It's the economy stupid - what the Labour Party needs to do
The economy has always been Labour’s Achilles Heel in terms of it being able to win elections. This perceived short-coming is, it has to be said, not all of its own doing. The Tory mantra that Labour cannot be trusted to run the economy, has had a dripping water effect on public perceptions. The Labour Party has allowed the Conservatives to determine the debate and set the economic agenda for far too long. It has allowed them to blame Labour for the global crisis and portray the financial collapse of the banks as a public spending crisis.
However, the clear bankruptcy of the neo-liberal economic model has presented the Labour Party with the rare opportunity of retaking the initiative. The Tories have also demonstrated their bankruptcy in the realm of ideas and like lunatics, continue to implement the same policies in the hope that the outcome will somehow change.
With John McDonnell as shadow chancellor, we have for the first time a socialist economist at the helm, one who listens, consults and offers intelligent insight. He is supremely aware that Labour has to regain public confidence and demonstrate that it can run the economy better than the Tories, but he also knows that this will involve a fight.
Earlier in the year he gave a lecture entitled, The New Economics, at the LSE where he laid out his vision, his programme and ideas for a radical economic rethink. For this purpose, he has set up an Economic Advisory Council made up of some of the world’s leading progressive economists to examine how a future Labour government could radically turn around our economy.
He has been talking and listening to people in key areas of the economy: trade unionists, small business people, public and private sector representatives, steel workers facing job cuts, the TUC and CBI. He’s looking for new ideas, he says; he is not tabling a cut-and–dried economic blueprint, but is asking for input from everyone; he knows he alone can not have all the answers, that is why he is appealing for everyone to contribute. However, his bottom line is that the neo-liberal model has failed and we have to construct a new one that can create jobs, bring about fairer wealth distribution and implement a more equitable tax system, a model that will promote social cohesion and stability not division. We must have a new economic policy to deliver such change he argues. We have to end the austerity policies that have hit working people and do nothing to revitalise the economy. We also need to articulate new ideas for state intervention in the economy; the old post-war nationalised industries did not work as efficiently as they could have done, and a centralised state-owned system as in the old Soviet Union is certainly not the answer either.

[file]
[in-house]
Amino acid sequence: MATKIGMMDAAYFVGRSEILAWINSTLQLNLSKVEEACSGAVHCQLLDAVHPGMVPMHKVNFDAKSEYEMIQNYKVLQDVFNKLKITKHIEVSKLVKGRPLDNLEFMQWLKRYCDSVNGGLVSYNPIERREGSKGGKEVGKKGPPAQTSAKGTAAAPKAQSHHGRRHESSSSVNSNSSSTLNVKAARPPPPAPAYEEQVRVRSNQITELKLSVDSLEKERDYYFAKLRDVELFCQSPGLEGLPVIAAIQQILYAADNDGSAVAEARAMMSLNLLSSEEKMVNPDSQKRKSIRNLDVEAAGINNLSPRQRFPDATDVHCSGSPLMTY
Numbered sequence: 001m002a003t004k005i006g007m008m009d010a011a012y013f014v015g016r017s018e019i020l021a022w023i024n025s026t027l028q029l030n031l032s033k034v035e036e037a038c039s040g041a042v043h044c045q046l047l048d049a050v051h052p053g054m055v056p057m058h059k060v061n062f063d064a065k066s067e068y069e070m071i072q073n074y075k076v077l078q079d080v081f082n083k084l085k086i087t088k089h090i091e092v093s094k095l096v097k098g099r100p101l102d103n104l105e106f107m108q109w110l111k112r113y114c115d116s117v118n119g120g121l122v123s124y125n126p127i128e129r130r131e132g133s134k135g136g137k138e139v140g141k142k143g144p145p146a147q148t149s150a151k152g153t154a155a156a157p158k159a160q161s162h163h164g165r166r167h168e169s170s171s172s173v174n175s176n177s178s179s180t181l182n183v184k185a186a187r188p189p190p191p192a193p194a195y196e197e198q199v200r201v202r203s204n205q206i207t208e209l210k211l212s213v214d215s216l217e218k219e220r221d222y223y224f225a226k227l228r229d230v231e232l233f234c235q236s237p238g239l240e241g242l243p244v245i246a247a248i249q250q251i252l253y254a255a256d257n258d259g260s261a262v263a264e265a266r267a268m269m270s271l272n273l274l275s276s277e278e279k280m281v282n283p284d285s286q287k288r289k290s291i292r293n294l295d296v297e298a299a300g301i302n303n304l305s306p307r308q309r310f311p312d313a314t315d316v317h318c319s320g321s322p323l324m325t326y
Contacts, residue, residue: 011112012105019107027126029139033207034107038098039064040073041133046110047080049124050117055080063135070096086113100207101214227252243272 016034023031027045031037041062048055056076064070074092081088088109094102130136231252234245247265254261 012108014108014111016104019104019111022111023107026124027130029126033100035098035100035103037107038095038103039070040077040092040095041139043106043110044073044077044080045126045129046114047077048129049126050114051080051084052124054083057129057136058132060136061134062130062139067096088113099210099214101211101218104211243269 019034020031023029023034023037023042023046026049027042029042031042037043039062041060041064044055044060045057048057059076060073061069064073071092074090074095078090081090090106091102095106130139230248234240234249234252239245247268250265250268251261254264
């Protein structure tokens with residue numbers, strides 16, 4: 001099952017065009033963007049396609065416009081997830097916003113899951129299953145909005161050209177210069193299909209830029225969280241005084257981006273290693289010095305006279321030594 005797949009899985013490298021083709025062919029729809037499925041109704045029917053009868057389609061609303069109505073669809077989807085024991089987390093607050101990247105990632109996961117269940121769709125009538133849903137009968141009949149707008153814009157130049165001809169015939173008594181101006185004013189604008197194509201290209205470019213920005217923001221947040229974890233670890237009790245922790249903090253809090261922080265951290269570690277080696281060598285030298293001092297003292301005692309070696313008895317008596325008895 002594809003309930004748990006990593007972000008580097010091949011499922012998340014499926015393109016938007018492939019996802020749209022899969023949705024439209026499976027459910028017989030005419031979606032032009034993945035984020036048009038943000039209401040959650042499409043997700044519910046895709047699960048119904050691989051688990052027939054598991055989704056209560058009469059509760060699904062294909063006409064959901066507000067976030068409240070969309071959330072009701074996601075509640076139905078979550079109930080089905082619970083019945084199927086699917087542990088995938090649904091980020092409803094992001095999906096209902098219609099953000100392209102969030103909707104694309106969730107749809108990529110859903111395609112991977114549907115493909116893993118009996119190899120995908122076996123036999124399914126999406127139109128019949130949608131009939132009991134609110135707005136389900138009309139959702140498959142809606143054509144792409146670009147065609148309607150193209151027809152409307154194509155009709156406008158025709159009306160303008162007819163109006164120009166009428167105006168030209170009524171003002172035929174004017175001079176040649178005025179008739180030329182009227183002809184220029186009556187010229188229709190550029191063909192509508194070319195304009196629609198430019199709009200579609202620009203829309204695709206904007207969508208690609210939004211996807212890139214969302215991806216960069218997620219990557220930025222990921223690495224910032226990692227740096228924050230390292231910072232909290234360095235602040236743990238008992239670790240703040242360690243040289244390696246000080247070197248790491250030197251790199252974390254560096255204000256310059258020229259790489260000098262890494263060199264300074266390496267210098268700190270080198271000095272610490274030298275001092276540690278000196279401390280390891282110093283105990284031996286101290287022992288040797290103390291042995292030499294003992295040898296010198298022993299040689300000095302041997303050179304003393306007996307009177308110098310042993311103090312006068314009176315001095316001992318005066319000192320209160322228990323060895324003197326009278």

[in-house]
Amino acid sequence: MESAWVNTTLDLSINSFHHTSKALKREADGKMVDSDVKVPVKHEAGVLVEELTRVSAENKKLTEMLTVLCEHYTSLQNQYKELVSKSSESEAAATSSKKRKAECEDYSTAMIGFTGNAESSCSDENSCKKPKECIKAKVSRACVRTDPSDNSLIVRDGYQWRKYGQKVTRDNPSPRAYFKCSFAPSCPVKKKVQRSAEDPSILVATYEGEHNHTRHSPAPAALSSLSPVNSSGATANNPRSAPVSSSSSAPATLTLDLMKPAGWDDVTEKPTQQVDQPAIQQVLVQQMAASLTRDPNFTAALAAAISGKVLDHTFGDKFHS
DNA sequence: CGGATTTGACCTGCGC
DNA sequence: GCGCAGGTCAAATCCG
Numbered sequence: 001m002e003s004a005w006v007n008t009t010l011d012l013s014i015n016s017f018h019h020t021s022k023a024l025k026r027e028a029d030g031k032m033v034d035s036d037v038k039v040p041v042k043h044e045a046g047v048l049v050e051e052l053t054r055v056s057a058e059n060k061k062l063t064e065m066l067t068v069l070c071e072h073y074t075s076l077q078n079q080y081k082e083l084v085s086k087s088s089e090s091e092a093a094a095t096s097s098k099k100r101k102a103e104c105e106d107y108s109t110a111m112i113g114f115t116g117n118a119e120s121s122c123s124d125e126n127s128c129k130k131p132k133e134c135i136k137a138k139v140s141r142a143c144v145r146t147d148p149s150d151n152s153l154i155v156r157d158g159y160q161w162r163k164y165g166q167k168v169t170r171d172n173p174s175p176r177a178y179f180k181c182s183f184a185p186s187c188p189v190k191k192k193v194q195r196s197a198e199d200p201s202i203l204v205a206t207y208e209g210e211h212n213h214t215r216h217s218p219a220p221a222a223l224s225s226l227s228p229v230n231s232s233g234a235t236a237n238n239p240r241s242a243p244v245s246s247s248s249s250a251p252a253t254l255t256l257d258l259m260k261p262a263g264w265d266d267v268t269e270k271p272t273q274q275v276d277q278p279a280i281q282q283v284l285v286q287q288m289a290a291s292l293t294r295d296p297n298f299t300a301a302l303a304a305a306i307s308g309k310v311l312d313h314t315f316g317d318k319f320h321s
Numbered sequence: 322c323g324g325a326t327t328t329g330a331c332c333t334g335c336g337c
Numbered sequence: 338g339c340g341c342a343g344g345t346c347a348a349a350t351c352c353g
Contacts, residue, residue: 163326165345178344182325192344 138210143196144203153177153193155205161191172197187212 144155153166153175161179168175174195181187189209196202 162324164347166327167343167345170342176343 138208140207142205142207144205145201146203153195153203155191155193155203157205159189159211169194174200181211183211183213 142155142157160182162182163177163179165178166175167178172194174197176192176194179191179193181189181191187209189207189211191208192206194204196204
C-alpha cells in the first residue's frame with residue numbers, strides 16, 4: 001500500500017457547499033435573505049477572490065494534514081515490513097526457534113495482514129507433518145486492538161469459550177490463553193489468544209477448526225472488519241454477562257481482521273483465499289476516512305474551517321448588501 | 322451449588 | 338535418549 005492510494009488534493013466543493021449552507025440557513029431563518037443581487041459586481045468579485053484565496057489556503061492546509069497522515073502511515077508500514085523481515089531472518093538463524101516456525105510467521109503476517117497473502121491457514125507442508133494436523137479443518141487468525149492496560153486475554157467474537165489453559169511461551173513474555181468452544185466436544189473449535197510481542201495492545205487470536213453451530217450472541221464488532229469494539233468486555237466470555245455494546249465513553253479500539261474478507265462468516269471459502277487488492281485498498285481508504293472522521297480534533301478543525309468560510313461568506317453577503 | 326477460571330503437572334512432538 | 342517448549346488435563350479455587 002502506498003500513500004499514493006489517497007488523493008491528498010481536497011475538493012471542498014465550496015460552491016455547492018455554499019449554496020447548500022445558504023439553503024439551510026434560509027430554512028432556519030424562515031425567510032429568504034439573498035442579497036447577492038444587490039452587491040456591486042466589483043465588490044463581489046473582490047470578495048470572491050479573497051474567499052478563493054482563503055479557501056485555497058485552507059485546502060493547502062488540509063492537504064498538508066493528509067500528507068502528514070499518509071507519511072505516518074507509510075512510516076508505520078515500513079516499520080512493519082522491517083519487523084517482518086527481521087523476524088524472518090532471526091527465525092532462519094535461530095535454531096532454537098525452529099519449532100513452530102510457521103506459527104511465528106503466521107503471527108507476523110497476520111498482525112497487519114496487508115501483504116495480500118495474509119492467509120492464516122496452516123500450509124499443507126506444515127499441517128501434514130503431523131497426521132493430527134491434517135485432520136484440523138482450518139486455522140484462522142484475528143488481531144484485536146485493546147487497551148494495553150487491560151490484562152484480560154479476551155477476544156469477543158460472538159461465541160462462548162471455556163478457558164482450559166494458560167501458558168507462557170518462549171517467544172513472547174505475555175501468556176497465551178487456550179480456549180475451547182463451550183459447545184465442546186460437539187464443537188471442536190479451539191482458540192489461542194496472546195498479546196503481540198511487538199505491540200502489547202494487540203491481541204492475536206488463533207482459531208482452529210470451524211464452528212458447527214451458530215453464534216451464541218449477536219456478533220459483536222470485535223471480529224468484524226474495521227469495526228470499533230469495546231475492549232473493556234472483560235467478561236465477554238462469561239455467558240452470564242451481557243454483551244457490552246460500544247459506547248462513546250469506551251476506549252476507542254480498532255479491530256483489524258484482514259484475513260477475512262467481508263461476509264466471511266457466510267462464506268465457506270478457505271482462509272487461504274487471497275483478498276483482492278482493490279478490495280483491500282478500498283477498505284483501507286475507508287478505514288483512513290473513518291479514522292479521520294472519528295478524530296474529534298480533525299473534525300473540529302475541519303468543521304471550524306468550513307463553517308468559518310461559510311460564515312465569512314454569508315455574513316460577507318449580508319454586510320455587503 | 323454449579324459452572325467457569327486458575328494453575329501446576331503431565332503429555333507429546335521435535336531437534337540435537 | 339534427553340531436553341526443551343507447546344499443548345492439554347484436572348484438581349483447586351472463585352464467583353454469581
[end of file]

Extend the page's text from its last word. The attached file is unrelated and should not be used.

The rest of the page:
McDonnell has asked his Economic Council to look at the role of the Treasury, HMRC and judge whether it is fit for purpose, and he has called for a comprehensive tax review.
How can it be that the failed policies of the past are still dominating the political and economic debate? While he is very aware that we need a radical rethink, he also knows that we will have a fight on our hands to get the message across t the general public. That is the main challenge the Labour Party now faces.
Socialists should welcome his approach. In the past there has been a strong tendency on the part of all socialists to imagine that when the banks and the means of production are taken into public/state ownership, then everything will run smoothly. The lessons from the socialist countries of Eastern Europe are that that is far from the case. There the complete abolition of private enterprise and the centralisation of decision-making led to a stifling of initiative, bureaucratisation and widespread inefficiency. State ownership of itself is not the solution. Rather, what is needed is strong state intervention to regulate working and employing practices as well as a robust, adequately staffed tax regime that is fair without stifling private initiative. There should be roles in our society for public, private and co-operative forms of ownership. Large and multi-national corporations can be reined in if such measures are put in place and rigorously implemented, with a tax system that prevents the accumulation of untold wealth by a few individuals. The state should be there to set the rules, regulate and tax in ways that ensure a fairer system, not to function as chief employer and micro-manager. Hopefully, the result of McDonnell’s consultation will come up with the necessary ideas to begin the necessary transformation of our economic system and begin building a fairer society.